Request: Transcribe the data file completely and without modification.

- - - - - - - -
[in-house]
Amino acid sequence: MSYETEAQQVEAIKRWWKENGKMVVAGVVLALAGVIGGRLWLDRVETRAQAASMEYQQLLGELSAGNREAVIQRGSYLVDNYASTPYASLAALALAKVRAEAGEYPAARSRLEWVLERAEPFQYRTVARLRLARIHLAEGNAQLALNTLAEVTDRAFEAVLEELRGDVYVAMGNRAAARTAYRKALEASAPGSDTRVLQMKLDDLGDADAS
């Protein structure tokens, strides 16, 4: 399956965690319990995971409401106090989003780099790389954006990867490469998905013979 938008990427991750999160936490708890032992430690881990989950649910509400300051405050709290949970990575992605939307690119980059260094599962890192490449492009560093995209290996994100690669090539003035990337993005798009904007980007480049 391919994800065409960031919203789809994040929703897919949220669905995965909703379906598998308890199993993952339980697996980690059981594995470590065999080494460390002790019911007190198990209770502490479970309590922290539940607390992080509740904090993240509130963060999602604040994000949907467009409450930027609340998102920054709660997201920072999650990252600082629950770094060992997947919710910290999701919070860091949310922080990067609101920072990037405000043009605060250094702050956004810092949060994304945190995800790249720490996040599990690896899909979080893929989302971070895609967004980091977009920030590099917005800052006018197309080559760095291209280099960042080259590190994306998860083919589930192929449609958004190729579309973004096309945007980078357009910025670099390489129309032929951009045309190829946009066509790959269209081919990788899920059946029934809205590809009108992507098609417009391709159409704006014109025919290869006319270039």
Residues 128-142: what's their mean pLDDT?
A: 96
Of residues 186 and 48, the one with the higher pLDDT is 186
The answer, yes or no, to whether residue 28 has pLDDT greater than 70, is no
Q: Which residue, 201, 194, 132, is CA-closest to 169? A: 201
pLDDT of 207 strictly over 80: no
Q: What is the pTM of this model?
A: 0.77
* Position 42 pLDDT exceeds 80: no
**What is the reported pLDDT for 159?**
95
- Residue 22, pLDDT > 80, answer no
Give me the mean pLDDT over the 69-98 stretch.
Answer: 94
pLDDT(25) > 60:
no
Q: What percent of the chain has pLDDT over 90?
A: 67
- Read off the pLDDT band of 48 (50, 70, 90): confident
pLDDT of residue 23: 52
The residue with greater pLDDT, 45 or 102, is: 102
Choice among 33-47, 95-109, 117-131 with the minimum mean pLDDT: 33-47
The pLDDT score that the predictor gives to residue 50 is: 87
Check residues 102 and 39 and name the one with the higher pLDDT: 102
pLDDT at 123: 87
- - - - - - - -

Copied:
[in-house]
Amino acid sequence: MSYETEAQQVEAIKRWWKENGKMVVAGVVLALAGVIGGRLWLDRVETRAQAASMEYQQLLGELSAGNREAVIQRGSYLVDNYASTPYASLAALALAKVRAEAGEYPAARSRLEWVLERAEPFQYRTVARLRLARIHLAEGNAQLALNTLAEVTDRAFEAVLEELRGDVYVAMGNRAAARTAYRKALEASAPGSDTRVLQMKLDDLGDADAS
């Protein structure tokens, strides 16, 4: 399956965690319990995971409401106090989003780099790389954006990867490469998905013979 938008990427991750999160936490708890032992430690881990989950649910509400300051405050709290949970990575992605939307690119980059260094599962890192490449492009560093995209290996994100690669090539003035990337993005798009904007980007480049 391919994800065409960031919203789809994040929703897919949220669905995965909703379906598998308890199993993952339980697996980690059981594995470590065999080494460390002790019911007190198990209770502490479970309590922290539940607390992080509740904090993240509130963060999602604040994000949907467009409450930027609340998102920054709660997201920072999650990252600082629950770094060992997947919710910290999701919070860091949310922080990067609101920072990037405000043009605060250094702050956004810092949060994304945190995800790249720490996040599990690896899909979080893929989302971070895609967004980091977009920030590099917005800052006018197309080559760095291209280099960042080259590190994306998860083919589930192929449609958004190729579309973004096309945007980078357009910025670099390489129309032929951009045309190829946009066509790959269209081919990788899920059946029934809205590809009108992507098609417009391709159409704006014109025919290869006319270039």
Residues 128-142: what's their mean pLDDT?
A: 96
Of residues 186 and 48, the one with the higher pLDDT is 186
The answer, yes or no, to whether residue 28 has pLDDT greater than 70, is no
Q: Which residue, 201, 194, 132, is CA-closest to 169? A: 201
pLDDT of 207 strictly over 80: no
Q: What is the pTM of this model?
A: 0.77
* Position 42 pLDDT exceeds 80: no
**What is the reported pLDDT for 159?**
95
- Residue 22, pLDDT > 80, answer no
Give me the mean pLDDT over the 69-98 stretch.
Answer: 94
pLDDT(25) > 60:
no
Q: What percent of the chain has pLDDT over 90?
A: 67
- Read off the pLDDT band of 48 (50, 70, 90): confident
pLDDT of residue 23: 52
The residue with greater pLDDT, 45 or 102, is: 102
Choice among 33-47, 95-109, 117-131 with the minimum mean pLDDT: 33-47
The pLDDT score that the predictor gives to residue 50 is: 87
Check residues 102 and 39 and name the one with the higher pLDDT: 102
pLDDT at 123: 87